Tell us what you think about a potential ballot initiative to fund crisis services.

Have comments about a potential ballot initiative to fund crisis services? Let us know! 

Unofficial election results from the November general election show this levy did not pass with a majority vote. Election results are not official until the canvass on Monday, Nov. 21.

Missoula County commissioners at their Aug. 4 public meeting voted to place the Crisis Services Initiative on the November ballot.

The city and county seemingly always have money to throw at the cops, but our EMS workers, Social Workers, Shelter Employees, and the people who actually keep this community safe are so underfunded that they can barely make rent. Tax the landlords, tax the luxury properties, tax the short-term rentals, and actually fund the programs that keep our neighbors and community housed and safe. If local government continues to be a doormat for wealthy transplants who move here and have nothing but contempt for the poor and working class locals, Missoula will lose all of the culture and identity that made is such a great place to live to begin with. Don't be cowards and push the tax burden onto working families, there are already enough wealthy people in this county to fund these programs 10x over. These programs are critical to keep this community healthy and safe, there is no debate here, and anyone who says differently only says so because they want this community to become just another Whitefish or Bozeman. Missoula for the Missoulians, including the poor, the homeless, and the mentally ill.

JPasdigselv over 1 year ago

I am skeptical of this initiative as it most likely crosses over into existing city/county services. Look at adjusting the resources and funding you already have instead of asking for more money and people. I say no at this time.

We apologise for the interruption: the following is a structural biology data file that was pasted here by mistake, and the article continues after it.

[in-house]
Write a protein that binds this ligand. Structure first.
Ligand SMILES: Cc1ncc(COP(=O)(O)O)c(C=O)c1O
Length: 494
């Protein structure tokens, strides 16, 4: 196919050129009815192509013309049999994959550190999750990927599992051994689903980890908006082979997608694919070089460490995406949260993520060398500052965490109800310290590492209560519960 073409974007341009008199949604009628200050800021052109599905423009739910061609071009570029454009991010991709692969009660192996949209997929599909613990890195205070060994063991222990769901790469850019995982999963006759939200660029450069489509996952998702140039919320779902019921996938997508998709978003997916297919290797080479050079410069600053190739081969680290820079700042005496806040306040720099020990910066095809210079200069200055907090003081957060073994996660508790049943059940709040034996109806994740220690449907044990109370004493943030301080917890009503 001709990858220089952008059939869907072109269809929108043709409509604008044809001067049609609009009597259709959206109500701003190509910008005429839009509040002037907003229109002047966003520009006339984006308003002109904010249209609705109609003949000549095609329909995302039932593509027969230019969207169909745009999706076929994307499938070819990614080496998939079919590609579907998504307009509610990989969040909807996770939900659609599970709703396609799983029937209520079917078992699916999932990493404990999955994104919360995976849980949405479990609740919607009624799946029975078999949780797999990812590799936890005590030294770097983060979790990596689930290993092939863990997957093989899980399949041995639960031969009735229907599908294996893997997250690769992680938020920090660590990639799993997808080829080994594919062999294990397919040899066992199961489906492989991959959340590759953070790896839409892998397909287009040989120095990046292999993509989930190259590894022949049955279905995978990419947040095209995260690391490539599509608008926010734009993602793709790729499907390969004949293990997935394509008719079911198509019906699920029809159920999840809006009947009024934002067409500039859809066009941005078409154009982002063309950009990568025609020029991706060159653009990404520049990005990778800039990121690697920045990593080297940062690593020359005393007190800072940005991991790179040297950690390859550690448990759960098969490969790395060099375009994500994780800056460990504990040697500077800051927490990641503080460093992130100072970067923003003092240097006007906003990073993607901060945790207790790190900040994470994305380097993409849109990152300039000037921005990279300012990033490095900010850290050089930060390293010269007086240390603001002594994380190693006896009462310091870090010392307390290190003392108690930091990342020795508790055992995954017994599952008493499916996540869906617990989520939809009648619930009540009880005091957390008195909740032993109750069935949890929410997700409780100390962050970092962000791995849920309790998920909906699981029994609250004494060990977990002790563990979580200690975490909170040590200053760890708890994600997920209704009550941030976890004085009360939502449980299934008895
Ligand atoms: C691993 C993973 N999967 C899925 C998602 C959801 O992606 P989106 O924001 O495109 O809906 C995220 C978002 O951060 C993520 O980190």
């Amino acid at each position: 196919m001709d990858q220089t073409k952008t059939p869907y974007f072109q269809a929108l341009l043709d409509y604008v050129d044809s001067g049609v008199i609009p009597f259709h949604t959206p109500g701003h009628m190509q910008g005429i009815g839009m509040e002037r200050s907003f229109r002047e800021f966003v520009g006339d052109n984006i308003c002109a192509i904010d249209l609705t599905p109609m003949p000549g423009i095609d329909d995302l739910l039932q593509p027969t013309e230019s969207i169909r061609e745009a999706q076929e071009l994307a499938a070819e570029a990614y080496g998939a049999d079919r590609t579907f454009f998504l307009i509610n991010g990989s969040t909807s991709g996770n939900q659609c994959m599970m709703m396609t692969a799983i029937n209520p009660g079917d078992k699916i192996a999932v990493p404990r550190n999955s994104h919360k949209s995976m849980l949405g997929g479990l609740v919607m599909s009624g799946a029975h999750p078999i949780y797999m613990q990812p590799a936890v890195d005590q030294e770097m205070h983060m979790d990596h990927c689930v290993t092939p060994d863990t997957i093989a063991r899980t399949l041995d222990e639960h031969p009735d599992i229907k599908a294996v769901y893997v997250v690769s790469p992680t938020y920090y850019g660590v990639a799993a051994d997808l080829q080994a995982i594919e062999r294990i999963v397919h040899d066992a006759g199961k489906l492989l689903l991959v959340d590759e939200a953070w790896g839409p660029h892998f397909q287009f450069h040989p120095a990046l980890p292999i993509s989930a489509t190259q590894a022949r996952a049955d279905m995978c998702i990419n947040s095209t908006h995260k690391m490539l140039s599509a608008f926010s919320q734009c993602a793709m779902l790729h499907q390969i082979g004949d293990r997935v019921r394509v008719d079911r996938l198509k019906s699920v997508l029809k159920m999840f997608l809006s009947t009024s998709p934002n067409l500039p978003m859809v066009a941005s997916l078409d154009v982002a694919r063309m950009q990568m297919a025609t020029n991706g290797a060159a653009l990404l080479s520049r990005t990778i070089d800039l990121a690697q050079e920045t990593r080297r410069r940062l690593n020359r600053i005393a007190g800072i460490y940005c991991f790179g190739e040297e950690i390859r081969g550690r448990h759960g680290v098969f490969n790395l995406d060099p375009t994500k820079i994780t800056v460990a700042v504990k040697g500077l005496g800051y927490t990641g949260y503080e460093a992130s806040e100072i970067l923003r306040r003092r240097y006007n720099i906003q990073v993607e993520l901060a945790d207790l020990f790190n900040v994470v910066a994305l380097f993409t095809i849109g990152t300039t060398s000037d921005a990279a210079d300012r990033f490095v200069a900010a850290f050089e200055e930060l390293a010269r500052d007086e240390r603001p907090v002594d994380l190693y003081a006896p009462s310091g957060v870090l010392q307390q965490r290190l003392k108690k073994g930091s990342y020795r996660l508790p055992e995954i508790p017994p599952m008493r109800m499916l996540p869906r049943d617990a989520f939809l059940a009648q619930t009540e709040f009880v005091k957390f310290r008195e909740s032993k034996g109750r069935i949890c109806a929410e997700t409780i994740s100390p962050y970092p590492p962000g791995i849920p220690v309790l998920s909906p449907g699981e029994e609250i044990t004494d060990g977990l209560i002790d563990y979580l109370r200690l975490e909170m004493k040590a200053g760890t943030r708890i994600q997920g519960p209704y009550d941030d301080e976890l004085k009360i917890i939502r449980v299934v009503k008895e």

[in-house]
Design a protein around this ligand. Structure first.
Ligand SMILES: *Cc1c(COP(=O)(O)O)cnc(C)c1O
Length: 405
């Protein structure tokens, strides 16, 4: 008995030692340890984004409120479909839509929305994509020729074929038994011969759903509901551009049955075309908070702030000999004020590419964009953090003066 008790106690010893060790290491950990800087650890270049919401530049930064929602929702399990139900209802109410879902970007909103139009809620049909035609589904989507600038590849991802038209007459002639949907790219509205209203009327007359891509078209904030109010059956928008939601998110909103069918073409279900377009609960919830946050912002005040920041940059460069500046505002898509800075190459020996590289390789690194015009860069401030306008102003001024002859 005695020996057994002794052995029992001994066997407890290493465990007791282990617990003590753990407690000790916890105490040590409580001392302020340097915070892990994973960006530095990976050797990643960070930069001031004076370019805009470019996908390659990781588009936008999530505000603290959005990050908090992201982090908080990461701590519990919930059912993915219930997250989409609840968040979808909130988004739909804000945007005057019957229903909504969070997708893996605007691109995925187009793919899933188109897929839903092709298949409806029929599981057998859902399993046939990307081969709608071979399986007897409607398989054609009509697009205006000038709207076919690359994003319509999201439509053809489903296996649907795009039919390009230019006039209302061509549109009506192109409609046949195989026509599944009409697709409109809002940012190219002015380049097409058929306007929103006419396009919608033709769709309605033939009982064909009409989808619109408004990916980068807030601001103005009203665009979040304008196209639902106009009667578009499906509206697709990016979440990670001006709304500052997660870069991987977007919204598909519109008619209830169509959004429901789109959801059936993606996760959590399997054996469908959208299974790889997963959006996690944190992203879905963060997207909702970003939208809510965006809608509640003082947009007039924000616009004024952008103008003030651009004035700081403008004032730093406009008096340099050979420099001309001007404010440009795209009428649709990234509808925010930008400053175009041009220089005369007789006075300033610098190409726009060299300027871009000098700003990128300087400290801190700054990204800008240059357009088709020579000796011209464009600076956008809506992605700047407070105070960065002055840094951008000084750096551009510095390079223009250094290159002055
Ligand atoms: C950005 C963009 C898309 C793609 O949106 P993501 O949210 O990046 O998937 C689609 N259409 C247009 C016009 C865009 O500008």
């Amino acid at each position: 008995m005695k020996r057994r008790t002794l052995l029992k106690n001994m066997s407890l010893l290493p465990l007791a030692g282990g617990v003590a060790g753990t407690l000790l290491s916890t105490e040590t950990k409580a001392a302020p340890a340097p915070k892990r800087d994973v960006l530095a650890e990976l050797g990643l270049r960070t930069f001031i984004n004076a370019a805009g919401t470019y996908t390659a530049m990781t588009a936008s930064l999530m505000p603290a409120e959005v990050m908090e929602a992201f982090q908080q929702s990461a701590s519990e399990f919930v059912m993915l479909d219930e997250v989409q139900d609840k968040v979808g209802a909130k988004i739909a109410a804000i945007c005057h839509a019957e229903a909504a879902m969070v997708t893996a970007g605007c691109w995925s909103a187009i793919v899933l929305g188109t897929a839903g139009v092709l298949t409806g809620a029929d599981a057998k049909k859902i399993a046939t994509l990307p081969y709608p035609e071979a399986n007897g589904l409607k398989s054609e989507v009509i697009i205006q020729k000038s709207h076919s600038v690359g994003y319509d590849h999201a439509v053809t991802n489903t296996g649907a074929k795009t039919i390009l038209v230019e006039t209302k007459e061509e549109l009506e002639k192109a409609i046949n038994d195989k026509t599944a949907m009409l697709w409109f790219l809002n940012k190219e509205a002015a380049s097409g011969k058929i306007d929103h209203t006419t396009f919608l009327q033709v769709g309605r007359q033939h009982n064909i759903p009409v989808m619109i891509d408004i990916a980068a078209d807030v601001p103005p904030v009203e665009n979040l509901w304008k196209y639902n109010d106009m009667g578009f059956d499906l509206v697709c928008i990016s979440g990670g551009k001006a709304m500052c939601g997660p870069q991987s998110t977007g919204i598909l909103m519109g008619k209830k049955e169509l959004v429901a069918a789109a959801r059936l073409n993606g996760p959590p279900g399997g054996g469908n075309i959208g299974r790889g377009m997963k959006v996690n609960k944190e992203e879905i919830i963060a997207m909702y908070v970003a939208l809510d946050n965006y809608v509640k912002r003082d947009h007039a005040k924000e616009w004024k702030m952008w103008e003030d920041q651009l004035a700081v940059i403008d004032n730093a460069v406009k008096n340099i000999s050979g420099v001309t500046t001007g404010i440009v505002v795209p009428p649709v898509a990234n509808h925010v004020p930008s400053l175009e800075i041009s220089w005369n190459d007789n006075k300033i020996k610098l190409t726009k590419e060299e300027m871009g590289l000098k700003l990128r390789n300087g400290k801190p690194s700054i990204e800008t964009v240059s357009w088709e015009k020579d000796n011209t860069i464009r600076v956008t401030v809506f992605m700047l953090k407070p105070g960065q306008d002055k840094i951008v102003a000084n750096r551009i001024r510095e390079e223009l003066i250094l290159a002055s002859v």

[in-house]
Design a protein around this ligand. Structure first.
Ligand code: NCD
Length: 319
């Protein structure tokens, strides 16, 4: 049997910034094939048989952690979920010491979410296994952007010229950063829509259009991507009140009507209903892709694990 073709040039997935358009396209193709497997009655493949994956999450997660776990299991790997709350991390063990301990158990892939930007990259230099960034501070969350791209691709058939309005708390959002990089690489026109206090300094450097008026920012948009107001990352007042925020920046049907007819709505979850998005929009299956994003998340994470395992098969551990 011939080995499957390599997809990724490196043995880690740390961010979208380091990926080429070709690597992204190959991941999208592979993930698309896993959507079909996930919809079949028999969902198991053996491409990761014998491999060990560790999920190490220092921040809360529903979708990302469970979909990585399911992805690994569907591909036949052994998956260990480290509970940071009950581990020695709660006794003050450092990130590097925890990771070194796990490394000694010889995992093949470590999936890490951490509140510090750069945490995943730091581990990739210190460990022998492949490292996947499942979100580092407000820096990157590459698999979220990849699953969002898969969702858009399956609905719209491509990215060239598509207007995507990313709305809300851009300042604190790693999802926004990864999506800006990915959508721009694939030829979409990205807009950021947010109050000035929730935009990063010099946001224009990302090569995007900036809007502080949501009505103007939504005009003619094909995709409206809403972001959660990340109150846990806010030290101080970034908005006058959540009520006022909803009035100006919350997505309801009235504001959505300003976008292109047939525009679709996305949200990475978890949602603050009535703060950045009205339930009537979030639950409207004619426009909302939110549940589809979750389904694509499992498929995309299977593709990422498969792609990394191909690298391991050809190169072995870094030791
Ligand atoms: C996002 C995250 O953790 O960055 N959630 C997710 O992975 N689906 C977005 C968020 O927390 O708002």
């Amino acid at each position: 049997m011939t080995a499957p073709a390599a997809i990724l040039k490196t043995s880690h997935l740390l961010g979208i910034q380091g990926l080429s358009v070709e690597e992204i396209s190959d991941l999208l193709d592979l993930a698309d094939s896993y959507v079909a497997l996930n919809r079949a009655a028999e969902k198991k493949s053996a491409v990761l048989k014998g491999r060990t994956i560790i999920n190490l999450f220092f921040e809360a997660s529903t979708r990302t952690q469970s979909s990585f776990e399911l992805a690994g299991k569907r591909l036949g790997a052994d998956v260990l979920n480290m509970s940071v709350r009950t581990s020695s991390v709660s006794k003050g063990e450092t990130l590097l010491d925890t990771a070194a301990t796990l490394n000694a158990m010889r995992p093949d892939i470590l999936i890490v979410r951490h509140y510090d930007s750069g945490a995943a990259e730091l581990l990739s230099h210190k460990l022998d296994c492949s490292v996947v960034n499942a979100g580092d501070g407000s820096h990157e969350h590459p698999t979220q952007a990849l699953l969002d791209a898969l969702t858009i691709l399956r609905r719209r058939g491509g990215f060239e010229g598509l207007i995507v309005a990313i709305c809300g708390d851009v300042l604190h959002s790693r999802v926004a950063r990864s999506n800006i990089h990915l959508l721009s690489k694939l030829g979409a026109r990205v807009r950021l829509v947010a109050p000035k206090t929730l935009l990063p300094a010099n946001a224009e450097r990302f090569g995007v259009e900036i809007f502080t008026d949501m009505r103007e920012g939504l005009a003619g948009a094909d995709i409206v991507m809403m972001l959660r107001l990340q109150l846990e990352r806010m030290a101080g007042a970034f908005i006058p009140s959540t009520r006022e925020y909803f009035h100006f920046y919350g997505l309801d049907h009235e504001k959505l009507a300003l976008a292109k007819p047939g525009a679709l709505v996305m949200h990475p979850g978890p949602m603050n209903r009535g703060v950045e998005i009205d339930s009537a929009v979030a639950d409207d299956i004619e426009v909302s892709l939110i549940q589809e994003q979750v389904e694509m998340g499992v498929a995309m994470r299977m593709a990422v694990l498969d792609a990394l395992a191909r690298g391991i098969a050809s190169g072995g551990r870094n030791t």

Damon Leishman over 1 year ago

No new taxes are you not watching what the economy is doing right now. Be responsible guardians of our tax dollars and don’t spend more than you have.

Nomore over 1 year ago

No, just no. If this makes it on the ballot, I would vote against it.

DWM over 1 year ago

Not even interested.
Levy fatigue aside every new initiative seems like a magnet for more and more recipients. Disagree? Check out the area behind Walmart near the latest homeless camp. Be sure to bring gloves and safety gear.

Jeffk over 1 year ago

I completely support homeless/houseless/transitional housing, along with crisis intervention, crime victim advocacy, and basically everything that's being discussed here. The issue is that - which can be no surprise to our county commissioners and administrators - our homeowners are overtaxed and overburdened... by a lot. As I say - and will continue to say - to City Council, as well, you've got to "find a way" to pay for things. Maybe that means that we can't have all of the programs, doo-dads, staff positions, salary increases, etc. that you want. Until our tax revenue can catch up with our spending, it is irresponsible to keep adding further burden on the taxpayers. Perhaps there will be a time when Missoula can only be lived in by those that "have" versus those that do not. Until then, however, we have a diverse population, and many, many people can not afford their rent, utilities, food, and other basic necessities, let alone tax increases.

logic over 1 year ago

I will vote for this, only if the clown commissioners forfeit their salaries to fund this.

dicoman over 1 year ago

NO NO NO NO. ENOUGH is enough!

dicoman over 1 year ago

I support this levy being placed on the ballot for November.

Emily H over 1 year ago

When making this choice please pause and consider how the majority of the state feels about the topic. The division between political parties is being fueled by paid public relations work. How will this choice affect the manner we appear to our peers within the state? Can someone create an article from this choice that weakens our ability to stand as one with our peers in our state? Republicans do not like to spend excess funds on anything and money spent on coddling creates negative emotions within those that work through all bumps that hit their life.

I do not personally believe this choice is a wise direction for our town to invest in. It upsets too many of our state's constituents in a politically heated climate.

Brandi Atanasoff over 1 year ago

No new taxes period.

Nomore over 1 year ago

No more new taxes either fund it from the general funds or not at all.

Nomore over 1 year ago

I fully support the crisis services levy being on the ballot.

Will over 1 year ago